Latest e-books win over paperback die-hards
The latest generation of e-books is making converts of die-hard paperback readers, including CBC's Fred Langan
Toronto literary agent Beverly Slopen travelled to the London book fair in April with 26 manuscripts, but her luggage wasn't weighed down with pounds of prose. It all went into her purse, stored on her electronic book, known as an e-book.
Slopen now prefers that her stable of Canadian writers submit all their manuscripts in digital form, saving her the trouble and cost of printing them out. She then transfers the various computer files to her e-book.
"I can carry it all on my Sony Reader and there's a lot of room left over," says Slopen.
It makes it easy to take her work with her, and she can read any of the manuscripts anywhere, anytime — whether she's in the office, on a plane or in a hotel room. "It means I can read them in bed and not have the place covered with paper."
Electronic books have been around for more than a decade, but it is only in the past couple of years they have started to catch on. There are two things driving the e-book phenomenon: Portable technology that makes the words easier to read, and the availability of more books online.
"Electronic books have been driven by the publishers. They want to get rid of the mountains of paper manuscripts," Slopen says. "I first saw an e-book in a publisher's office in New York and I've never wanted something so much in my life."
Over the past couple of weeks I tried a Sony PRS505, the same kind of e-book reader hardware Slopen uses. Like many people, I thought the experience of a real book couldn't be replaced. I had seen e-books several years ago and was not impressed.
Figuring out how to work the e-book was easy; I started reading it at an airport and then continued on a plane. Soon I forgot it was an e-book and was into the story. Maybe it's infatuation, but for reading in places like an airport or a plane, the e-book seems easier than the real thing.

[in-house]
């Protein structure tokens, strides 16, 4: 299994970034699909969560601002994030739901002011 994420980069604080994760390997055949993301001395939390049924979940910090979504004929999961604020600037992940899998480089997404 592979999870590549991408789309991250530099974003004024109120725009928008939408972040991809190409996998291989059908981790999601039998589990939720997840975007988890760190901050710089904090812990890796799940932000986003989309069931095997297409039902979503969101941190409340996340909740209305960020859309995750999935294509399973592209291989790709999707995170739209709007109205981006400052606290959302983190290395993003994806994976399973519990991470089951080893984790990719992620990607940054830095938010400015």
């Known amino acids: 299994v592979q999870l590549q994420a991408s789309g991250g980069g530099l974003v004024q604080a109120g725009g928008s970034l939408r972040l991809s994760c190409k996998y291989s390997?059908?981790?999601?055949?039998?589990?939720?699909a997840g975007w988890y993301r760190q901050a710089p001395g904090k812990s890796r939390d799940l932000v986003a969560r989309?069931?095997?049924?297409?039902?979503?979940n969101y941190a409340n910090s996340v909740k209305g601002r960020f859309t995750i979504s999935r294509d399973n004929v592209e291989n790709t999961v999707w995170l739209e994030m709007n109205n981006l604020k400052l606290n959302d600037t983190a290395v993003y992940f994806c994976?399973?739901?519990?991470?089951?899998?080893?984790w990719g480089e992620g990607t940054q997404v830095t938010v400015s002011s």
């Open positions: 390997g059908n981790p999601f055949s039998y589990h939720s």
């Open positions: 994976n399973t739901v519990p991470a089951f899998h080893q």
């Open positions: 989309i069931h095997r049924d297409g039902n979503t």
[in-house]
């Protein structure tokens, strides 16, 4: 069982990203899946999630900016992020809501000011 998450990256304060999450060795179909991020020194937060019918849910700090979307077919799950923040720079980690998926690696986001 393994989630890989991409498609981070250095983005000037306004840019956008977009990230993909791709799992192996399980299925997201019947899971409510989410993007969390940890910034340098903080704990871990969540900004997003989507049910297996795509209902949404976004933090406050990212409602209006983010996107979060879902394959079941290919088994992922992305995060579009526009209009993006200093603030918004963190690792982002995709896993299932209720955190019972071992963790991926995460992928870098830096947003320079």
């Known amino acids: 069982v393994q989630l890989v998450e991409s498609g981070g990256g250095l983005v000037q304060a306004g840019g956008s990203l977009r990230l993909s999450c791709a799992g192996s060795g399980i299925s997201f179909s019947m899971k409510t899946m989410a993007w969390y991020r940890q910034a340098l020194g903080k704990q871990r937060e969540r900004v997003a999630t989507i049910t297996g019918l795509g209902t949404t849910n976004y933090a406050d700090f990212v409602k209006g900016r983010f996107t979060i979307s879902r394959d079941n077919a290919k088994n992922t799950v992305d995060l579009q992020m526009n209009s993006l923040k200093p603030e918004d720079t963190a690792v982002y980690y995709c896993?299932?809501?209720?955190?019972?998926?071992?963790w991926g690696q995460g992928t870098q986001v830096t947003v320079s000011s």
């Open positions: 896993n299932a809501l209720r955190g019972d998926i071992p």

Patrick Loubert is also a big fan of the e-book for the same reason. "It's perfect for reading in the doctor's waiting room or on a plane."
He uses a different model, Amazon's Kindle, which despite its popularity in the U.S., cannot be purchased in Canada. Loubert, a film producer and entrepreneur, reads three to four books a week — everything from fiction to biographies and history. When he goes on long holidays in the winter he reads up to six books a week.
"I used to pack a box of books and ship them ahead of time. Now I can bring everything on the Kindle," Loubert says.
He adds that now he can also get additional reading material easily if he's on a trip and decides he wants something new. When he was in the Caribbean, for example, he was able to order books online and have them delivered directly to his Kindle.
"E-books would be great for students. They could load up an entire year's course instead of lugging around all that paper," suggests Loubert.
Still, not everyone is embracing e-books, despite their convenience. Jackie Arntfield is a waitress who plans to return to graduate school in the fall. She looked briefly at both the Kindle and the Sony Reader and didn't feel comfortable with them.
"I don't like the idea," said Arntfield, who is studying philosophy. "Physically every book is different and distinct. An e-book isn't. It takes away from the meaning of the book."
Some also say a screen can't replace the printed page from the point of view of sheer readability, especially when reading in direct sunlight. The day I tried the Kindle it was outdoors and there was bright sunshine. The page was just as clear as the Sony Reader was in a plane. Both e-book readers have screens with no glare.
Still, there are big differences between the Kindle and Reader.
The Kindle has a wireless connection and a keyboard so you can order a book from anywhere. It's a convenience, but it also makes it feel a bit more like holding a computer than a book.